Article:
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The Wizards' Bad Luck in the NBA Draft Lottery Shouldn't Necessarily Mean a Bad Pick

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By Michael Wilbon
Wednesday, May 20, 2009

BRISTOL, Conn. Okay, it's not a night to celebrate when you lose to the Clippers and Grizzlies in anything, even a game of chance. A night that began with the promise of Blake Griffin ended the moment the Grizzlies moved from the sixth spot into the top three. You could have clicked over to "American Idol" right then and there.

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Sure enough, the Wizards came away with the worst-possible result in the NBA draft lottery: fifth.

That means no Griffin, who could have become the power player the Wizards so desperately need. Finishing fifth means no Ricky Rubio, who could have become the true playmaking point guard the Wizards could have used to craft a more balanced offense. It means no Hasheem Thabeet, who could have been the defensive anchor the Wizards have been missing for years. It's awful to lose to the Clippers, who never know what they're doing, and the Grizzlies, whose owner cares only about not spending money.

But that ends -- I promise -- the negative portion of this column. I'm going to put on my Virtual GM hat here and tell you that there's potentially great news for the Wizards coming on or around draft night.

Seriously, there is.

Start with those very same Los Angeles Clippers, the ones who can't get anything right, the ones who in 1998 upon winning the lottery took Michael Olowokandi over Paul Pierce, Dirk Nowitzki, Vince Carter and Antawn Jamison. Let's just say the Clippers get it right this time and take Griffin with the No. 1 pick they secured Tuesday night in the lottery.

That means they'd have center Chris Kaman, center Marcus Camby, power forward Zach Randolph and promising young forward Al Thornton. The Clippers almost have to wind up keeping Kaman, Griffin and Thornton as their starting front line, which actually figures to be a good one.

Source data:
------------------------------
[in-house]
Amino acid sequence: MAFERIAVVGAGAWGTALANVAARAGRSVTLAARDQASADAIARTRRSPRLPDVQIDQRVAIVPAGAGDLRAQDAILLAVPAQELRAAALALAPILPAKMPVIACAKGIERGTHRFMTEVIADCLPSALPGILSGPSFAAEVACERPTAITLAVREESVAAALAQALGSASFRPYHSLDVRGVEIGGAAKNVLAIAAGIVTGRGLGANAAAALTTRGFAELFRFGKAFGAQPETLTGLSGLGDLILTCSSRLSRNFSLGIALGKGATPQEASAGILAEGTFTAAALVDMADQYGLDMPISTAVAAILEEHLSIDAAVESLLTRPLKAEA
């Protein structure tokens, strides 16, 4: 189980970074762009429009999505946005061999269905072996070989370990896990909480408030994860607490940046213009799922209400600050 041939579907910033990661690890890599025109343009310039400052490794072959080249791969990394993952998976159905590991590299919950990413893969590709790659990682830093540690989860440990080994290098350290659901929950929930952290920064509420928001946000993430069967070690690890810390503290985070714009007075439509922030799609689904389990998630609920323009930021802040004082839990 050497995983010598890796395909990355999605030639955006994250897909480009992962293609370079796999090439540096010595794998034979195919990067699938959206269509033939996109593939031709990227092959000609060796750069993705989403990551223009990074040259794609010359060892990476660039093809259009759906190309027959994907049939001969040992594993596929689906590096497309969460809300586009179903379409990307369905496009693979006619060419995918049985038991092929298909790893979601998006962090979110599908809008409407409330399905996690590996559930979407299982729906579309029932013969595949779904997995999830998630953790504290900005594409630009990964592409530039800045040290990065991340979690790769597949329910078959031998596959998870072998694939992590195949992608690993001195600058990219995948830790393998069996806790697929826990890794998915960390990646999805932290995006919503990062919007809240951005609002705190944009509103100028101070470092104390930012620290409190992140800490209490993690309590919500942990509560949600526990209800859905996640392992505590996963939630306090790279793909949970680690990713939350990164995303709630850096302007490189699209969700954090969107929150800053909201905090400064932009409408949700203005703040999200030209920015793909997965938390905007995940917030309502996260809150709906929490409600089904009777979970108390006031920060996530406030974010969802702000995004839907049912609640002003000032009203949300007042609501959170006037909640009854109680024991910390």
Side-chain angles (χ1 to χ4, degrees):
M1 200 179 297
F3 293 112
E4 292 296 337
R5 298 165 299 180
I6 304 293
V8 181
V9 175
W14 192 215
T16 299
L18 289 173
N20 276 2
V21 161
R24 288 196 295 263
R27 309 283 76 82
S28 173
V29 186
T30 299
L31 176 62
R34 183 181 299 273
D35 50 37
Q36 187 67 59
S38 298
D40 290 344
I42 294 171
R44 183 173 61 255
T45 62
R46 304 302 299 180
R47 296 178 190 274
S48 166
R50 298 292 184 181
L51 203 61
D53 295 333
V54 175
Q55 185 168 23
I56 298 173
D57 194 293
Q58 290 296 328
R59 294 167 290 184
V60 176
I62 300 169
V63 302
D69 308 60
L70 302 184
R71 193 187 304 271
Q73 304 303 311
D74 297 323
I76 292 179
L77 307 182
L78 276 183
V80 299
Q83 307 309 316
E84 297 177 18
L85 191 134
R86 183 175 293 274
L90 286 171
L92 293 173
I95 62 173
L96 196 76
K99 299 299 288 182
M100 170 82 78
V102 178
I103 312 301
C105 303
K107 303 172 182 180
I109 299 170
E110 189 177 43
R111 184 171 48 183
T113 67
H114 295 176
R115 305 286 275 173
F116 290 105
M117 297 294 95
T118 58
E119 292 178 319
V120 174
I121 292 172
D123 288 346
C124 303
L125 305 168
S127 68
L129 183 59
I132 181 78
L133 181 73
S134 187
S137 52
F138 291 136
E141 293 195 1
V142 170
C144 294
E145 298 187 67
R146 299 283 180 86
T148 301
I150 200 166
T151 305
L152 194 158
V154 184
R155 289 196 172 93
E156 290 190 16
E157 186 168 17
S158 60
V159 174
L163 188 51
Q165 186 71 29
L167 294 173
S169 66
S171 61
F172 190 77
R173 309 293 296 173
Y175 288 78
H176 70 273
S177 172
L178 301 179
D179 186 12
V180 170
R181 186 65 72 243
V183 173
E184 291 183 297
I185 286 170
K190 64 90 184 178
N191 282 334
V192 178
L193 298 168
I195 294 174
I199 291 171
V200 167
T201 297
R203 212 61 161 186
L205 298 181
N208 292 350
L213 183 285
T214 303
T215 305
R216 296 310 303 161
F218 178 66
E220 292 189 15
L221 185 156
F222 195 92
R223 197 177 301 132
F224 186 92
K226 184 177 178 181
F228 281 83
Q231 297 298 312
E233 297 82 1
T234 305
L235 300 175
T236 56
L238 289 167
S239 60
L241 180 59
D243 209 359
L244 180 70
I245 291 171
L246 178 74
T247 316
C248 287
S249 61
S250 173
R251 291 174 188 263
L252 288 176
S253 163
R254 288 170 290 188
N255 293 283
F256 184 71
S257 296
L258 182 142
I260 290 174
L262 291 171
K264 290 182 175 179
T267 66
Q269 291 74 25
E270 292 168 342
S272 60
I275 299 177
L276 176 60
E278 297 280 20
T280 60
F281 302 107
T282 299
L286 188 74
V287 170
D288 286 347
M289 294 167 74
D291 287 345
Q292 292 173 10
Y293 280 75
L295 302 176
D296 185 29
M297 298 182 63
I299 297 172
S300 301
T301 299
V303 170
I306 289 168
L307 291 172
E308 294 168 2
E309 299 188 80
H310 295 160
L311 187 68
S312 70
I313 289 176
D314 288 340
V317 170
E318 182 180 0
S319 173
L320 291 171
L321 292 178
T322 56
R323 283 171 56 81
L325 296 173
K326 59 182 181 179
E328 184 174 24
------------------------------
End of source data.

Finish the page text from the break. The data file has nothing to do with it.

That means Camby will soon be available. Actually, he was available at the all-star break in February. It also means Randolph, who can use his brawn to get you 20 points and 10 rebounds a game from the low block, will also soon be available. Randolph's no Boy Scout off the court, but he can supply the inside muscle the Wizards don't have. And Camby, while he isn't the offensive threat Randolph is, averaged 13 rebounds and 3 1/2 blocks a game just the season before last for Denver. Okay, Camby is 35. But youngsters don't win jack in the NBA and Camby's salary would come off the books in the free agent-loaded summer of 2010. If I needed, for salary cap purposes, to trade one of my own players or involve a third team or trade the overall No. 5 pick, I'd have my eye on Camby and the under-the-radar Steve Novak, a 42 percent shooter from three-point range.

Or just suppose that the Clippers, feeling they already have enough firepower in the front court, decide to trade down to get a veteran player or players? Well, maybe the Wizards can get involved that way.

The point is that the Wizards need a big man first and foremost and bigs are available.

Also, the thing this draft has in abundance is point guards. Watching the draft lottery last night in the ESPN studios, Magic Johnson, considering the Wizards' personnel and what they might pick up in the draft if they keep their pick, said, "Who's your point guard?"

My answer, of course, was, "Gilbert Arenas?"


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